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March 09, 2007

The World's Largest Arms Dealer

Tim Ireland seems angry about something or other again.

5. Finally; wouldn't a world without (...) be a world without the world's largest arms manufacturer and dealer? Wouldn't that be a safer world? Or does 18 Doughty Street see no connection between guns and people being shot by guns?

As all economics types know, it's not the gross amount that matters (in fact, as I'm sure Tim Ireland would agree) but the distribution. We must therefore look at per capita figures, not gross.

In five years turnover has increased by 30 percent and the industry sells for NOK 7 billion (USD 1.05 billion) a year and employs around 5,000 people.

According to figures from SIPRI, Norway is the world's biggest arms exporter in relation to its population and the 11th in the world in real terms.

So, according to Tim, we're all supposed to be angry at Norway I guess. Tsk, these social democracies, just can't trust them an inch, can you?

March 9, 2007 in Military | Permalink


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Er, Tim was quoting Jim Bliss.

'As all economics types know, it's not the gross amount that matters'.

Why? Please enlighten us ill-educated liberal panty-waisters.

Is your point that we should be more angry at the one gun from Norway rather than the fifty from America (or whatever the ratio might be)?

Tim adds: If it is only the gross amount that matters then we would not be concerned in any way about inequality would we? But as much of the basis of ill-educated liberal panty-waster politics is indeed to worry about inequality, then, obviously, it is not only the gross amount that is important, according to the principles of ill-educated liberal panty-wasters. We must thus look at per capita figures.

Come along Justin, you're usually a little less uptight about people making jokes and having a snark.

Posted by: Justin | Mar 9, 2007 1:29:46 PM

As far as I can see that quote from Bloggerheads isn't a quote from Jim Bliss - it is a comment Tim Ireland has added where he was discussing the Blissful post.

Posted by: The Englishman | Mar 9, 2007 1:35:14 PM

Then I would suggest you read both posts again again.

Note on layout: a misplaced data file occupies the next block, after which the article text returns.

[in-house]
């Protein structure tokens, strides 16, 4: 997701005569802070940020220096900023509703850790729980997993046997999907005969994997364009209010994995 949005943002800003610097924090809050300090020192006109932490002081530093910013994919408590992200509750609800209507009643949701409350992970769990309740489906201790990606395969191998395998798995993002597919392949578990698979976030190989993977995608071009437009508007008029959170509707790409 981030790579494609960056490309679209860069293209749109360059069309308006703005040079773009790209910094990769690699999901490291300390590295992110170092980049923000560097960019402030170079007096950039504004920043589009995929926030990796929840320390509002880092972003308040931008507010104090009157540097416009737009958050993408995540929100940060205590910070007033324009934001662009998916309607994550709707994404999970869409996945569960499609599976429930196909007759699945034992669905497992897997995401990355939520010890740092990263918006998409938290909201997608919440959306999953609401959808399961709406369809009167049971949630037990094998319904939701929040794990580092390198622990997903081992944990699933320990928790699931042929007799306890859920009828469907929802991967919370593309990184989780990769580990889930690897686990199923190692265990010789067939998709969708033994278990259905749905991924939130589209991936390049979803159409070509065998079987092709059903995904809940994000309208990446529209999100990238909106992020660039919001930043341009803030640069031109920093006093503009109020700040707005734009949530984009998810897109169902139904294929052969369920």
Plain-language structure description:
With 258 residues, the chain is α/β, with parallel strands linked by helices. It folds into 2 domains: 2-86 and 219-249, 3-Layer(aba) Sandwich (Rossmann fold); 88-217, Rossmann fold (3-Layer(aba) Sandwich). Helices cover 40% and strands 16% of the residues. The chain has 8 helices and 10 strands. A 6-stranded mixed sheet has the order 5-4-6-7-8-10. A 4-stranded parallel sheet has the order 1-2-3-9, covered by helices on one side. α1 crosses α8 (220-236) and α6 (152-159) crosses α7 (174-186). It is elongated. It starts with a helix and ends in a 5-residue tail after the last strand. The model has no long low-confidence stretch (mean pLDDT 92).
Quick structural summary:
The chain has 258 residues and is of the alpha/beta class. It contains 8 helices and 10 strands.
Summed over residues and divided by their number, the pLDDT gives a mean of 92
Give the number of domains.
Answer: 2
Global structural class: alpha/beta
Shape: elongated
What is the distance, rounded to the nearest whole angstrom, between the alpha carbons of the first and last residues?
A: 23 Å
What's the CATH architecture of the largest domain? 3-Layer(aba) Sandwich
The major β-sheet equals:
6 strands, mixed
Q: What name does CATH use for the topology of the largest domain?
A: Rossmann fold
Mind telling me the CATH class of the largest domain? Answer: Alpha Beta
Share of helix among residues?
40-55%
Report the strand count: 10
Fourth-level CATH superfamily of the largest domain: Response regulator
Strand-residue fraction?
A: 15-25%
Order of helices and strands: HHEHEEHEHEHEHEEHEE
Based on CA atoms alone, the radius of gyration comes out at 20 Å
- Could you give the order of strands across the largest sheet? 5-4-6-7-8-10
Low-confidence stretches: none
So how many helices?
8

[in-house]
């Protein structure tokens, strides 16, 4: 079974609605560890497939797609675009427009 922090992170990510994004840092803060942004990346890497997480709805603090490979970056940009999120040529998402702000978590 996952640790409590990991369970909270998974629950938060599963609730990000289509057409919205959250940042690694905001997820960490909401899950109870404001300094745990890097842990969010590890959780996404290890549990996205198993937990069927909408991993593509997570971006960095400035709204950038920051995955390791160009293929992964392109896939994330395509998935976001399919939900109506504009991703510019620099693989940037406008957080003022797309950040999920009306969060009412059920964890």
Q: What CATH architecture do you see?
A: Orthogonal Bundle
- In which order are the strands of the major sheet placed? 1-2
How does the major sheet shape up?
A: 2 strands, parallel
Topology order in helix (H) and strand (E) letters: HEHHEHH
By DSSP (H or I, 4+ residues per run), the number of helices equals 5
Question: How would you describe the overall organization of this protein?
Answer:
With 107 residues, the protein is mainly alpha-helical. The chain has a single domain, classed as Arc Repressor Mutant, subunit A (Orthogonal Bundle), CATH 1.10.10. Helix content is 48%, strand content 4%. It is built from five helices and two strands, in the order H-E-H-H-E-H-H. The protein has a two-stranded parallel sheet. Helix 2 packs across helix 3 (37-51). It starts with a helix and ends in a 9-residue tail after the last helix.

Posted by: Justin | Mar 9, 2007 1:37:51 PM

My apologies - the formatting of Bliss' post made me assume that the questions in a different font and layout below the post were a comment or trackback rather than part of his post. And Tim Ireland didn't make it clear by such formatting that he was quoting rather than opining, maybe there should be some "rules of blogging" about such things!

Posted by: The Englishman | Mar 9, 2007 2:22:42 PM

"...maybe there should be some "rules of blogging" about such things!"


Posted by: JuliaM | Mar 9, 2007 2:32:14 PM

Blimey. I hadn't realised until now which country is the world's largest car manufacturer.

Posted by: Not Saussure | Mar 9, 2007 4:51:11 PM

As all economics types know, it's not the gross amount that matters
Perhaps that's true for widgets from Midwestern widget factories. I couldn't say, being a mere engineer and not an "economic type".

However, I would suggest that in the case of guns and bombs that it is the gross amount that matters. Because it all comes down to the amount of death and destruction being meted out by those weapons. How many Central African wars could be fought with Norwegian arms Vs. US arms.

When every single round of ammunition is a potential dead person and bereaved family, I think we can probably dispense with economic theory for a while and examine the human cost.

Though of course, there probably aren't too many "economics types" being murdered in the Democratic Republic of Congo. So perhaps that's irrelevant after all?

Tim adds: DRC?

"In addition, a recent report by Amnesty International documents large arms transfers from Bosnia, Albania and other Eastern European countries to Rwanda and Uganda, where they are passed on to rebel groups in the DRC. "


Viktor Bout maybe?

But perhaps you're right, it all must be America's fault.

Also worth noting that the wikipedia page (rather oddly I'll admit) on the US arms trade seems to think they're a net importer, not a net exporter.

Posted by: Jim Bliss | Mar 9, 2007 6:22:03 PM